Hosted by Jimmy Kimmel, the event featured both a silent and live auction to benefit the MusiCares charity, which provides funds and relief for musicians in need. The performances spanned almost every genre of music — a testament to the fact that Neil's enduring work is as timeless as it is diverse. The Jonas Brothers were first to pay tribute with their performance of "Forever in Blue Jeans." According to Kimmel, the Jonas Brothers led off because they had to be finished by their bedtime.

The "JoBros" were followed by Jennifer Hudson, performing a soulful rendition of "Holly Holy." Hudson didn't even have to break a sweat to bring down the house with her emotional, passionate voice delivering a flawless performance and receiving a unanimous standing ovation. After Kid Rock presented a more country-inspired side of Neil Diamond's music with "Thank the Lord for the Nighttime," Jimmy Kimmel was inspired to dub the event "the best karaoke night ever."

British singer Adele, who won the GRAMMY® for best new artist two days later, sang "Cracklin' Rosie," one of Neil's "most misunderstood songs," as Kimmel explained to the audience. Urge Overkill performed the song, "Girl, You'll Be a Woman Soon," which they made famous again by covering it for the film Pulp Fiction. "Thank you for all the music, Neil," lead singer, Nathan Katruud, called out to the audience before leaving the stage.

Coldplay's performance of "I'm a Believer" was definitely a crowd favorite. Lead singer and songwriter Chris Martin introduced the band as "Neil and the Diamonds," and adopted the original performance style of the Monkees — who first made the song a worldwide phenomenon — and encouraged the audience to sing along.

Each performance was prefaced by an introduction explaining the origin of the song, or Neil's inspiration to write it. One of the more strange inspirations was the movie E.T., which inspired the song "Heartlight" which was performed by R&B singer, Eric Benet.

Diamond's good friend Raul Malo performed "Solitary Man," followed by Cassandra Wilson and Terence Blanchard performing a jazz version of "September Morn."

Neil Diamond introduced Tejano band Los Volcanes, who performed a Tejano version of "Red Red Wine", by saying that when he had tried to get Eddie Vedder to perform, he accidentally wound up calling the Los Volcanes' Eddie Rodriguez, and after hearing their music, he decided he liked it so much that he invited them to play at Person of the Year, proving once again the genre-transcending power of Neil's music.

Foo Fighters performed a mosh-pit worthy hard-rock version of "Delirious Love." Josh Groban, Tim McGraw and Chris Cornell offered even more diversity with operatic, country, and grunge-rock inspired versions of Diamond classics. Overall, the night boasted an eclectic mix of performances spanning all areas of the musical spectrum.

When it came time for Neil to accept his honor, he was almost in tears as he thanked the audience; "Thank you for showing up," he said. "I love you for it." Neil explained the origins of his life in music; his mother had bought him his first guitar for ten dollars, and as she was in the audience, he thanked her for it. He assured her that it had been a good investment and that with the ten dollars, she had "made a life" for him.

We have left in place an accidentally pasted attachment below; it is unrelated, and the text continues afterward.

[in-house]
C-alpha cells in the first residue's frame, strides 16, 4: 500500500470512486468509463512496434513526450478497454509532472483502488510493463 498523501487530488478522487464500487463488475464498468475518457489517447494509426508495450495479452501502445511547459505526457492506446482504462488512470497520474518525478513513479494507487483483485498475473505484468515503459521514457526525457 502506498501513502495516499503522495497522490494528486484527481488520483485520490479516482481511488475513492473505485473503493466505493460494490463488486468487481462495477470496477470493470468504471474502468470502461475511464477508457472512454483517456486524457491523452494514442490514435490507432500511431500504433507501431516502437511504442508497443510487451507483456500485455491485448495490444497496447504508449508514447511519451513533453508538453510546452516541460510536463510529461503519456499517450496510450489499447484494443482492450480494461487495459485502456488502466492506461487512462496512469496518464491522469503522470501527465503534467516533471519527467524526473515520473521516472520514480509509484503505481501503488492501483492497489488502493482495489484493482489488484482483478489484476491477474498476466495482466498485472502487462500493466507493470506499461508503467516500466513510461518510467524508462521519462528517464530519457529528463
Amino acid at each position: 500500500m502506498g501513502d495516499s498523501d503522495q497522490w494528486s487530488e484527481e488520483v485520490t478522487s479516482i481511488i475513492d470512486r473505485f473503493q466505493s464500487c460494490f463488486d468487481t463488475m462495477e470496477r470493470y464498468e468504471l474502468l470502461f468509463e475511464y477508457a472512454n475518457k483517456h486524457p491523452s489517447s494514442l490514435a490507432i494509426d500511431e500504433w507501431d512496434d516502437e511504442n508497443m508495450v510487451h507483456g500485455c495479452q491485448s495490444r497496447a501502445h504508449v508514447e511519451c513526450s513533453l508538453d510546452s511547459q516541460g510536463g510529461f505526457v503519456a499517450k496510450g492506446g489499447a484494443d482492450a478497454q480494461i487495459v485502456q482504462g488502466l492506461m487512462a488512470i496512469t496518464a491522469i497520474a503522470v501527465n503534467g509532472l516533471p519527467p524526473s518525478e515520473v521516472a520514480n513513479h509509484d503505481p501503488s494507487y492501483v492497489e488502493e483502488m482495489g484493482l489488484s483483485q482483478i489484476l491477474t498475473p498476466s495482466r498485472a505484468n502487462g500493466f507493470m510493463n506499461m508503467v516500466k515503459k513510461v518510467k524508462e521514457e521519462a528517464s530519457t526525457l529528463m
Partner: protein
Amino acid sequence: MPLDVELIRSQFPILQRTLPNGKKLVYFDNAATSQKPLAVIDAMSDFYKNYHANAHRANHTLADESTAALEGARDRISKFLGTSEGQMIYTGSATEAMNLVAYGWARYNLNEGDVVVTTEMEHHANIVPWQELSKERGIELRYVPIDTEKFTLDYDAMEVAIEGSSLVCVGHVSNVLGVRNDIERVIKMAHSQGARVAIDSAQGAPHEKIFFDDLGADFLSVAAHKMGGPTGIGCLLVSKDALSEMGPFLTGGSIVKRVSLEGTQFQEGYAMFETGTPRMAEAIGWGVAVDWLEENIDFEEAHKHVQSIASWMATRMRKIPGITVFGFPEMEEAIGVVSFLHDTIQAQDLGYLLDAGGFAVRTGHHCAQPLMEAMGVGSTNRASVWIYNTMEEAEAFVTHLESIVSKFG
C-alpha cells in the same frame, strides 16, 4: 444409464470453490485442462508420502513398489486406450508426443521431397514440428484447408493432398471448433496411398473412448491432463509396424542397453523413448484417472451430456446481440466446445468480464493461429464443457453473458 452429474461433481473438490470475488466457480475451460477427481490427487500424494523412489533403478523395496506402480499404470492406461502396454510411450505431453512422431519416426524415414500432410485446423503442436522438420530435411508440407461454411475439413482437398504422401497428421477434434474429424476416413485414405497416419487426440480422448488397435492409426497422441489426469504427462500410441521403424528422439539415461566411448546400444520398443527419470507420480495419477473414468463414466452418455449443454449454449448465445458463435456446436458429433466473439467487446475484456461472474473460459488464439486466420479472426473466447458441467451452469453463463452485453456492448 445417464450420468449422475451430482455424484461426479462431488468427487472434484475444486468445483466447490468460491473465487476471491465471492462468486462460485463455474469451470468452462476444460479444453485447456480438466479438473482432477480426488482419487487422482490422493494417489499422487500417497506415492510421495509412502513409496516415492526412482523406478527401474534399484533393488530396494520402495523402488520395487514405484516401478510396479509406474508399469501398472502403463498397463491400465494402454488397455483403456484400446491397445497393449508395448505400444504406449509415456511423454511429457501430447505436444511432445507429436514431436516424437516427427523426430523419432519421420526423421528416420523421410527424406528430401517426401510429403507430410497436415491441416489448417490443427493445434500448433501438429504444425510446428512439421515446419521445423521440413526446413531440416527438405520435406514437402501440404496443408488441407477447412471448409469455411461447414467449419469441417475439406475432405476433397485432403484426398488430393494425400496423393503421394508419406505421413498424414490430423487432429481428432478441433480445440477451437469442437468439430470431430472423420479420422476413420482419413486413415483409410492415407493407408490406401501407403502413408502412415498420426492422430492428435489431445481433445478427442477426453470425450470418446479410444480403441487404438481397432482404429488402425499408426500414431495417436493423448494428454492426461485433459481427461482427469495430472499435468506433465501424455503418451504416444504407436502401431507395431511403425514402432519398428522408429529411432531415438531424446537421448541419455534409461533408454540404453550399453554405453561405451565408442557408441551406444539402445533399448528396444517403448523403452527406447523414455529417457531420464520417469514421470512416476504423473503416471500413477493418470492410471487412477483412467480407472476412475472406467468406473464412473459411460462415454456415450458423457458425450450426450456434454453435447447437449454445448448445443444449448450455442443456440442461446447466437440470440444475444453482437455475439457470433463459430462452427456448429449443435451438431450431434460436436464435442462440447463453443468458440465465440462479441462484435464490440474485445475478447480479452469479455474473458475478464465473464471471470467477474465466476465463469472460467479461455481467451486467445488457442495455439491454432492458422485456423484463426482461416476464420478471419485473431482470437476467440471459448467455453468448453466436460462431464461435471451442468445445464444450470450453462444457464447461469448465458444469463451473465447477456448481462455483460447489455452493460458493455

Neil seemed more than happy to express his gratitude by performing a few of his own songs and closing the show with "Sweet Caroline." All the performers of the night, including Faith Hill (who performed "You Don't Bring Me Flowers" with Neil) returned to the stage and sang the final choruses as Neil hugged each artist. The running joke of the night was that the Person of the Year gala was really the Bar-Mitzvah that Neil never got to have. With his unrivaled success and indisputable talent, Mr. Diamond certainly deserves as many "mazel tovs" as humanly possible.

Despite selling 160 million records worldwide, the whole business of being honored in such a way seemed almost overwhelming to Neil. His refreshing humility was evident when he offered the audience the truth about his motivation as an artist; "I just make my little songs, sing my little songs, and try to reach out and touch people."

By: Sarah Tither Kaplan - GRAMMY Camp 2008 Music Journalism Track

GRAMMY® Camp Music Journalist Reports From GRAMMY® Week 2009

A fresh new perspective will be emerging from the media frenzy surrounding GRAMMY Week this year. Seventeen year old Sarah Tither Kaplan from Los Angeles will be representing the GRAMMY Camp Music Journalism career track at the hottest GRAMMY Week Events. Presented by the GRAMMY Foundation each summer, GRAMMY Camp is an interactive music industry experience that attracts some of the country’s most promising high school students to Los Angeles for a unique opportunity to explore careers in music. In July 2008, Sarah was one of those lucky students, and now, through her hard work at GRAMMY Camp, she finds herself rubbing elbows with the media majors. Under the wing of seasoned music journalist and GRAMMY Camp Instructor Steve Baltin, Sarah will be telling the story of GRAMMY Week 2009 from the most exclusive inside angles while promoting GRAMMY Camp 2009 and having the time of her life. Look for her stories published through AOL Music,, and